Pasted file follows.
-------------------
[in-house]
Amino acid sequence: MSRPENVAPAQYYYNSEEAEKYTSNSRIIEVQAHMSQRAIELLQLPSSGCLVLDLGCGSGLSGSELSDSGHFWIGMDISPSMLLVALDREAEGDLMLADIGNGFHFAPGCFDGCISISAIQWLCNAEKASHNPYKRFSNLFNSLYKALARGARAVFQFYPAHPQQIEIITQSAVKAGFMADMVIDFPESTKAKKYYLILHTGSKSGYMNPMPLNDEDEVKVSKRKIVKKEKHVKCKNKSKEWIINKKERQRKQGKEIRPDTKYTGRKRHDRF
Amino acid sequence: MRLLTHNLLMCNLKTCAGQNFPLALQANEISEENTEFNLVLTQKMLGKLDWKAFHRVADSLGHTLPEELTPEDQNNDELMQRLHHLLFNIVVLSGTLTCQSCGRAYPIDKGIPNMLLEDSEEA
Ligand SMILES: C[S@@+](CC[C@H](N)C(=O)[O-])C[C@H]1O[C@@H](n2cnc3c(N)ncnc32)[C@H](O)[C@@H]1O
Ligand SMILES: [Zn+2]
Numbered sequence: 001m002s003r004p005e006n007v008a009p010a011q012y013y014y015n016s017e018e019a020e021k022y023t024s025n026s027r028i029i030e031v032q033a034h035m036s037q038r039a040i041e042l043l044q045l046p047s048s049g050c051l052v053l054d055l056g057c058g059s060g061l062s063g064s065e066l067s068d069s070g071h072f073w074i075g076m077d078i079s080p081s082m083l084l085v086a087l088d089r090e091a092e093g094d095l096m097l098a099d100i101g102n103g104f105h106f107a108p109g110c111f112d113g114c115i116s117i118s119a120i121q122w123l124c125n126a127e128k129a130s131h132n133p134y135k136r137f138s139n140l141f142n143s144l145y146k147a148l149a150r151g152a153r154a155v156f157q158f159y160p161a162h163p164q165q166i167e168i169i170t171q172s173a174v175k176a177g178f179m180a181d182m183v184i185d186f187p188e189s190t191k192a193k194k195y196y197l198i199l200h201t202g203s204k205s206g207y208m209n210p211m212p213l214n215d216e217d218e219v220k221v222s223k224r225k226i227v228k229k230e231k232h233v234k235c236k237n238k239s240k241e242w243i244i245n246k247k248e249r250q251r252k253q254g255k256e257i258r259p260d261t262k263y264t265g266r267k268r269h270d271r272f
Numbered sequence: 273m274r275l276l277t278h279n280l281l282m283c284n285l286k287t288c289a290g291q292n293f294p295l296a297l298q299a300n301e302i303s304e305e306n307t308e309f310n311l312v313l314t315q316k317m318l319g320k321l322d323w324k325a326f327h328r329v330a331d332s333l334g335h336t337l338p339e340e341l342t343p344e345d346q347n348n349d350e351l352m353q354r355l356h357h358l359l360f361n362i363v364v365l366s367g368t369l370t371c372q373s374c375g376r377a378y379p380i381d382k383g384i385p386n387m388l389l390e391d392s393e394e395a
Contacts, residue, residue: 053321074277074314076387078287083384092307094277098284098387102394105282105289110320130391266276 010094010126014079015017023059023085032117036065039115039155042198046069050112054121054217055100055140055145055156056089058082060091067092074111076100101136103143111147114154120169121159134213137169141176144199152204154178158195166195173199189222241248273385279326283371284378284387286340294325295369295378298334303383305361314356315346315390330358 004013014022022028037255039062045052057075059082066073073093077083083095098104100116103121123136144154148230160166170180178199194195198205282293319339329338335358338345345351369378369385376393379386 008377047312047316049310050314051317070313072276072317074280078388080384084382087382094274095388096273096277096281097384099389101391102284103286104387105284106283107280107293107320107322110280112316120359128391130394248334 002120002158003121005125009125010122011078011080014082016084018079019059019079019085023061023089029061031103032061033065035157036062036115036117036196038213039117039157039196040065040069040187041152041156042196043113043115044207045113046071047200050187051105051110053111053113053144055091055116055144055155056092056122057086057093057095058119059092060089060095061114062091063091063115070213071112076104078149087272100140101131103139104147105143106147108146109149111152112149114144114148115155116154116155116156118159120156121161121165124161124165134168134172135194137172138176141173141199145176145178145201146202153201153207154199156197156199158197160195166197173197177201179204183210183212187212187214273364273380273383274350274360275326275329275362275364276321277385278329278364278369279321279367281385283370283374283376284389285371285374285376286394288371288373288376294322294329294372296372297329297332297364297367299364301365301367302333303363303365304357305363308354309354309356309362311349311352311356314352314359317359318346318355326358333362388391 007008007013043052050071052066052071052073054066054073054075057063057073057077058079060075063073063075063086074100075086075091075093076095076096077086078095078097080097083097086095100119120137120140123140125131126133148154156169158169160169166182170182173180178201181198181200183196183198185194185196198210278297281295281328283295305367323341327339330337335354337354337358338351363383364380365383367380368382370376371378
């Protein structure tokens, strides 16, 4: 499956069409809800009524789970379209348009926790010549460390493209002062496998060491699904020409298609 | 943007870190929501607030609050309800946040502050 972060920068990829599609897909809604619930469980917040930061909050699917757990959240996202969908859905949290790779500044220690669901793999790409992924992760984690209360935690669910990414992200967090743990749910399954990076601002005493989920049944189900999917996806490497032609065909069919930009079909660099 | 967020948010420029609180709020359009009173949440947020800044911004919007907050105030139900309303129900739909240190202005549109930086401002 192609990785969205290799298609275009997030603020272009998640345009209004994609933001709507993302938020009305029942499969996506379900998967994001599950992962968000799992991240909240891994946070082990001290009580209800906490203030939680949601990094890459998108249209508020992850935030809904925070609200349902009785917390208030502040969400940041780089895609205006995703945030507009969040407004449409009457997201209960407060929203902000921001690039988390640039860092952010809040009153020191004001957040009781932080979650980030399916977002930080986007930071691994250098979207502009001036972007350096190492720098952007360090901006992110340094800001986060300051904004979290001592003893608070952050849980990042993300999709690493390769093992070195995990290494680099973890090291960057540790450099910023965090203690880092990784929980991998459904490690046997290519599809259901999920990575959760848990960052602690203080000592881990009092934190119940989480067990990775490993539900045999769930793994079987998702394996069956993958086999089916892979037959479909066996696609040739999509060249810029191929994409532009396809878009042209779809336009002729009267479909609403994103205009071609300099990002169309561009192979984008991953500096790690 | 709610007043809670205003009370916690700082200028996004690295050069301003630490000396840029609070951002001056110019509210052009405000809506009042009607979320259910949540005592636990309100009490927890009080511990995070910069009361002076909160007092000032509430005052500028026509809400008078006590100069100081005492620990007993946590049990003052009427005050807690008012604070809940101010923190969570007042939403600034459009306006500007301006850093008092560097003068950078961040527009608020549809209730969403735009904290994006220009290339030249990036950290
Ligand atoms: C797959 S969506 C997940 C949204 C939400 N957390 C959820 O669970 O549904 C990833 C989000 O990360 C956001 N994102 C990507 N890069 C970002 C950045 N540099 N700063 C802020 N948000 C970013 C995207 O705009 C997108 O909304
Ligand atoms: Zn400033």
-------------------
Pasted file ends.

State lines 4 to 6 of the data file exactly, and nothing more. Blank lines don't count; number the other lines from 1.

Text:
Ligand SMILES: C[S@@+](CC[C@H](N)C(=O)[O-])C[C@H]1O[C@@H](n2cnc3c(N)ncnc32)[C@H](O)[C@@H]1O
Ligand SMILES: [Zn+2]
Numbered sequence: 001m002s003r004p005e006n007v008a009p010a011q012y013y014y015n016s017e018e019a020e021k022y023t024s025n026s027r028i029i030e031v032q033a034h035m036s037q038r039a040i041e042l043l044q045l046p047s048s049g050c051l052v053l054d055l056g057c058g059s060g061l062s063g064s065e066l067s068d069s070g071h072f073w074i075g076m077d078i079s080p081s082m083l084l085v086a087l088d089r090e091a092e093g094d095l096m097l098a099d100i101g102n103g104f105h106f107a108p109g110c111f112d113g114c115i116s117i118s119a120i121q122w123l124c125n126a127e128k129a130s131h132n133p134y135k136r137f138s139n140l141f142n143s144l145y146k147a148l149a150r151g152a153r154a155v156f157q158f159y160p161a162h163p164q165q166i167e168i169i170t171q172s173a174v175k176a177g178f179m180a181d182m183v184i185d186f187p188e189s190t191k192a193k194k195y196y197l198i199l200h201t202g203s204k205s206g207y208m209n210p211m212p213l214n215d216e217d218e219v220k221v222s223k224r225k226i227v228k229k230e231k232h233v234k235c236k237n238k239s240k241e242w243i244i245n246k247k248e249r250q251r252k253q254g255k256e257i258r259p260d261t262k263y264t265g266r267k268r269h270d271r272f